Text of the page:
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Mosquito arbovirus survey in selected areas of Kenya: detection of insect-specific virus.


ABSTRACT: Background:Many arboviral outbreaks have occurred in various locations in Kenya. Entomological surveys are suitable methods for revealing information about circulating arboviruses before human outbreaks are recognized. Therefore, mosquitoes were collected in Kenya to determine the distribution of arboviruses. Methods:Various species of mosquitoes were sampled from January to July 2012 using several collection methods. Mosquito homogenates were directly tested by reverse transcription-polymerase chain reaction (RT-PCR) using various arbovirus-targeted primer pairs. Results:We collected 12,569 mosquitoes. Although no human-related arboviruses were detected, Culex flavivirus (CxFV), an insect-specific arbovirus, was detected in 54 pools of 324 Culex quinquefasciatus individuals collected during the rainy season. Of these 54 positive pools, 96.3% (52/54) of the mosquitoes were collected in Busia, on the border of western Kenya and Uganda. The remaining two CxFV-positive pools were collected in Mombasa and Kakamega, far from Busia. Phylogenetic analysis revealed minimal genetic diversity among the CxFVs collected in Mombasa, Kakamega, and Busia, even though these cities are in geographically different regions. Additionally, CxFV was detected in one mosquito pool collected in Mombasa during the dry season. In addition to Culex mosquitoes, Aedes (Stegomyia) and Anopheles mosquitoes were also positive for the Flavivirus genus. Cell fusing agent virus was detected in one pool of Aedes aegypti. Mosquito flavivirus was detected in three pools of Anopheles gambiae s.l. collected in the dry and rainy seasons. Conclusions:Although no mosquitoes were positive for human-related arbovirus, insect-specific viruses were detected in various species of mosquitoes. The heterogeneity observed in the number of CxFVs in Culex mosquitoes in different locations in Kenya suggests that the abundance of human-related viruses might differ depending on the abundance of insect-specific viruses. We may have underestimated the circulation of any human-related arbovirus in Kenya, and the collection of larger samples may allow for determination of the presence of human-related arboviruses.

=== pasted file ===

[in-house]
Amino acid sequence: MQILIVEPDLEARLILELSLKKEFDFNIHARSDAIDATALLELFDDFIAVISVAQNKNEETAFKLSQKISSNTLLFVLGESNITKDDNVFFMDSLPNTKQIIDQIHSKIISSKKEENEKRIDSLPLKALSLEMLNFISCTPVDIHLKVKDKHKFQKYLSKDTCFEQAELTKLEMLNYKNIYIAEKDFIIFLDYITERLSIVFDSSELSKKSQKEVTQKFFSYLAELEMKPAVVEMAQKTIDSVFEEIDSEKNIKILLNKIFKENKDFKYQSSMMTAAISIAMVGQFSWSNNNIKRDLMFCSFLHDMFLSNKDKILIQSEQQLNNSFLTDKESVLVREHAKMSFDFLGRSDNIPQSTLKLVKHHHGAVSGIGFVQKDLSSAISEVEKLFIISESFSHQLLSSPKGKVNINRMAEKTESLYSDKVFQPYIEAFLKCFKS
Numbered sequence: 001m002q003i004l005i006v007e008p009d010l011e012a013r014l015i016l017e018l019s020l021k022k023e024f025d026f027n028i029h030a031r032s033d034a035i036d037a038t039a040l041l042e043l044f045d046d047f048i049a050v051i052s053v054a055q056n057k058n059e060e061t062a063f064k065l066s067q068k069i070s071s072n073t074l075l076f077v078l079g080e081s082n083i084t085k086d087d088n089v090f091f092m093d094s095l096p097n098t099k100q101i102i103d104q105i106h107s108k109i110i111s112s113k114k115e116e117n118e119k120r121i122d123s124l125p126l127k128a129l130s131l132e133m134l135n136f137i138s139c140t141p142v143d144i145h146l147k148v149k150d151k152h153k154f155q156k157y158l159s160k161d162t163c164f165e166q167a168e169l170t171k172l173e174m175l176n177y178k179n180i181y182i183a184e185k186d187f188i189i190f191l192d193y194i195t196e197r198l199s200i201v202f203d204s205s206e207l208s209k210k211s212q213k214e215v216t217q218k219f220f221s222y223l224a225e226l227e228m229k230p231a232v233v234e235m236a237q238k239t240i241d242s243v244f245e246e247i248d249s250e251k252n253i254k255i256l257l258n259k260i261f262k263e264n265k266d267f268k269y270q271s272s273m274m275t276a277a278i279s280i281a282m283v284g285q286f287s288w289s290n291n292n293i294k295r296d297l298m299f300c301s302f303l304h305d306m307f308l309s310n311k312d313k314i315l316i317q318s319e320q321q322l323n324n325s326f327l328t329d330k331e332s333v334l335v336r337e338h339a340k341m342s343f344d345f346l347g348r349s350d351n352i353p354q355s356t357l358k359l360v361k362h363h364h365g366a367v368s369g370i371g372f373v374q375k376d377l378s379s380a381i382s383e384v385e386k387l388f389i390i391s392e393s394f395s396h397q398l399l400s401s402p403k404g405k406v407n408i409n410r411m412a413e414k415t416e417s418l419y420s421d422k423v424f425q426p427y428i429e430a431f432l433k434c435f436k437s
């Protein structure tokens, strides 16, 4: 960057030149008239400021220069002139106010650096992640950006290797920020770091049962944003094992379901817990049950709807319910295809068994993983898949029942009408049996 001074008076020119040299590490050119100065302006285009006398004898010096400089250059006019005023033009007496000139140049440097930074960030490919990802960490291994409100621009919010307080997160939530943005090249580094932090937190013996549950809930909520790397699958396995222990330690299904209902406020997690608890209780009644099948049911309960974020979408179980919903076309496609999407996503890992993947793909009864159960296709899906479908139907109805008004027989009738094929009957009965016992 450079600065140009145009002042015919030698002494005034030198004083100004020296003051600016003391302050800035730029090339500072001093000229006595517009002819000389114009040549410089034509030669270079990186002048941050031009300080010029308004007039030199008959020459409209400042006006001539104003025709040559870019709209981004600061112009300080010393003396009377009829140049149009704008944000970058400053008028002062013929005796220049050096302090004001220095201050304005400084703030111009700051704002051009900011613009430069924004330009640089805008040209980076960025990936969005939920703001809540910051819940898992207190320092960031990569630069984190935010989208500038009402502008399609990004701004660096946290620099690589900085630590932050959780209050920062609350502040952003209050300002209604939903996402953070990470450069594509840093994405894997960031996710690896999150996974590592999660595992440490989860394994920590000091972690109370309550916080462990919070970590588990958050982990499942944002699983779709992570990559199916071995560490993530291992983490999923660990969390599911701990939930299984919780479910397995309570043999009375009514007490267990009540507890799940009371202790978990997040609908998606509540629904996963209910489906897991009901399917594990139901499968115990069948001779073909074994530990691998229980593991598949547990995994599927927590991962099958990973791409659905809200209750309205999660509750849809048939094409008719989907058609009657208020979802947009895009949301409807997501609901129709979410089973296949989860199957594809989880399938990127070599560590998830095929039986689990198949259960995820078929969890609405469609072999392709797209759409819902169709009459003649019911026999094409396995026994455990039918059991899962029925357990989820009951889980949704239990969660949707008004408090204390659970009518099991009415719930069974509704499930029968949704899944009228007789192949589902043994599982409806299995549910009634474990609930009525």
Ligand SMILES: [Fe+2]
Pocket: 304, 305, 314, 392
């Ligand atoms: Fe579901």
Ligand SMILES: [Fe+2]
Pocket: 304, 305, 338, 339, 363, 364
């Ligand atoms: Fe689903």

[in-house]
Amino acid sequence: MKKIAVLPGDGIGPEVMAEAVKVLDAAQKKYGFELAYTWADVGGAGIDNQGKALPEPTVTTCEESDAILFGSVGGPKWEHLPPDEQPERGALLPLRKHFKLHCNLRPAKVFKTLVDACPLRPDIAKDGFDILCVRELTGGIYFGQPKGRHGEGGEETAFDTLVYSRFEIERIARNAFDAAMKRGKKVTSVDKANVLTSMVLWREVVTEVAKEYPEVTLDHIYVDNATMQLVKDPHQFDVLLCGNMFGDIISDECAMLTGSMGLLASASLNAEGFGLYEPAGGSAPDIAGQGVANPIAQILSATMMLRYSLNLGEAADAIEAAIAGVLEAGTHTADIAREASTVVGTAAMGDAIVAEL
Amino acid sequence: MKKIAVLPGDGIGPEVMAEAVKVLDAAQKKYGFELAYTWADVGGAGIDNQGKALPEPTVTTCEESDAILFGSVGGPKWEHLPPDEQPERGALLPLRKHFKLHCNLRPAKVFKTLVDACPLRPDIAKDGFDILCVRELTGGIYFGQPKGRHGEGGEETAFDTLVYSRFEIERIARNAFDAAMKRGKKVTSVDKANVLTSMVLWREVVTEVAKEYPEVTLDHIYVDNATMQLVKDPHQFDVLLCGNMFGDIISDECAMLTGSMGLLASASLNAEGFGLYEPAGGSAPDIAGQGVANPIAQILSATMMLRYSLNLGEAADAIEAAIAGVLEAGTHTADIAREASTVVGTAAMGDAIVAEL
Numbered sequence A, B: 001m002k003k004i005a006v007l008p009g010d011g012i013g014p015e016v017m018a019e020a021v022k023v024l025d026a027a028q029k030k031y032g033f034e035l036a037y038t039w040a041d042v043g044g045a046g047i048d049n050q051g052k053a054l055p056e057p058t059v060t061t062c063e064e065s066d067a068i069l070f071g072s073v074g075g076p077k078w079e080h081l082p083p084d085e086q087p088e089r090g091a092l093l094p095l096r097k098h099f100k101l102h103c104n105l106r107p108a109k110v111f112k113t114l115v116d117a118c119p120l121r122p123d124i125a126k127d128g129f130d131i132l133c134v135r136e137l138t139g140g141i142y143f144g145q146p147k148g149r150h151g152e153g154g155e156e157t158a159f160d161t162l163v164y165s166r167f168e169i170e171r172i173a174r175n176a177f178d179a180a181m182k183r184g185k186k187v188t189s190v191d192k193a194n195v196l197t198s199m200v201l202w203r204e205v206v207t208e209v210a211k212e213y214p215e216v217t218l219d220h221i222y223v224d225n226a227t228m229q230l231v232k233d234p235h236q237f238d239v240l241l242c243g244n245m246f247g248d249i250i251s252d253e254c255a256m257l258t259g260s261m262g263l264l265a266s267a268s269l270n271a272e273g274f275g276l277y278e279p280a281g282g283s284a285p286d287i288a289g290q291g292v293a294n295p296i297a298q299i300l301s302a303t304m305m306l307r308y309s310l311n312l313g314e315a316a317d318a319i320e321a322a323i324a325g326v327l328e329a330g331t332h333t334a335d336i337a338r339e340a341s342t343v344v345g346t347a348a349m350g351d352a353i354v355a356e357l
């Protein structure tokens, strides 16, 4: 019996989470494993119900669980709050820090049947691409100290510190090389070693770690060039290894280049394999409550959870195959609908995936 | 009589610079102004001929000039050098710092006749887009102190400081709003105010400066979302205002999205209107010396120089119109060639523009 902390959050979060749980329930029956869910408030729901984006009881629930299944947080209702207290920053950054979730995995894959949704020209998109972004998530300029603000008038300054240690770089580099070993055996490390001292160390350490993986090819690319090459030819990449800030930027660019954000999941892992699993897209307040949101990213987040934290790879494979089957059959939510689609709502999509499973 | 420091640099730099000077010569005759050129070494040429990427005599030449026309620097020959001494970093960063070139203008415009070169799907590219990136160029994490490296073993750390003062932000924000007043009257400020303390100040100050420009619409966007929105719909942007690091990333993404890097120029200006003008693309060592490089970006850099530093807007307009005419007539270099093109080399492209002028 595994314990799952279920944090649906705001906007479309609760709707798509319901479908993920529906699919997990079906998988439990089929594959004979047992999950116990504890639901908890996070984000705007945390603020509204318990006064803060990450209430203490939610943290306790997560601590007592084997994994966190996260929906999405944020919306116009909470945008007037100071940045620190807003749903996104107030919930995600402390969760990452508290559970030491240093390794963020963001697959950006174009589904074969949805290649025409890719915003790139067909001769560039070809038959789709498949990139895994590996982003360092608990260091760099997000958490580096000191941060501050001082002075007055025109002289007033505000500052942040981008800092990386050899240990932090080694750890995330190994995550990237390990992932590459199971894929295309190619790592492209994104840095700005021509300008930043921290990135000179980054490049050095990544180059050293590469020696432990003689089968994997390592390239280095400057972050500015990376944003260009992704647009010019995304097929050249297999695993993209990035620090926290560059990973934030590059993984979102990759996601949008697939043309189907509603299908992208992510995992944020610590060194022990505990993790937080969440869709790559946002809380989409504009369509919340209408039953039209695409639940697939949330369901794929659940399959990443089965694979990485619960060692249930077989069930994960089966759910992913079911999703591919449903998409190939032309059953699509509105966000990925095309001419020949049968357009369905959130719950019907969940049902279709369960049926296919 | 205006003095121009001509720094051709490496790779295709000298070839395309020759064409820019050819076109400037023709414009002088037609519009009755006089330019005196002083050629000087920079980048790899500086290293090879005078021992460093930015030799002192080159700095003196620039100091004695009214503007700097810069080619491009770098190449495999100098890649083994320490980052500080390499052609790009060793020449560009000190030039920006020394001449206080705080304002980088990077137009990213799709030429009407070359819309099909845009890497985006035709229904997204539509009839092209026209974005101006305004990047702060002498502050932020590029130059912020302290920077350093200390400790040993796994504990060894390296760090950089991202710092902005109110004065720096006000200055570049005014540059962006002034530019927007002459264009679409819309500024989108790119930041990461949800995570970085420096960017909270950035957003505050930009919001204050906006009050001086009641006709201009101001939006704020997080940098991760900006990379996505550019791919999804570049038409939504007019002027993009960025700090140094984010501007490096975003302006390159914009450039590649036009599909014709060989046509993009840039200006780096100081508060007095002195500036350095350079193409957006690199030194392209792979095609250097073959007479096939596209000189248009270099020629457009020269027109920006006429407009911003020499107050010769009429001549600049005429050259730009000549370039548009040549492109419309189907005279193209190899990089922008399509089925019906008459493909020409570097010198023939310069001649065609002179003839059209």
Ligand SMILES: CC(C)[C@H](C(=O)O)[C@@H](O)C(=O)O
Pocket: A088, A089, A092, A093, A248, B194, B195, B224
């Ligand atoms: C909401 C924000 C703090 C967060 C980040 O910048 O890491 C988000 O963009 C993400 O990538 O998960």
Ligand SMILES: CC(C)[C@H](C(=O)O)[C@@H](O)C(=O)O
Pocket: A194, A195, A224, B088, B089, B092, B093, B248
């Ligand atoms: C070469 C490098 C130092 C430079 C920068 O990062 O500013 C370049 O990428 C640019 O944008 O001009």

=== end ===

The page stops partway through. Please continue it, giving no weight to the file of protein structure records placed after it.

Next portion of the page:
SUBMITTER: Iwashita H 

PROVIDER: S-EPMC5987586 | BioStudies | 2018-01-01

REPOSITORIES: biostudies

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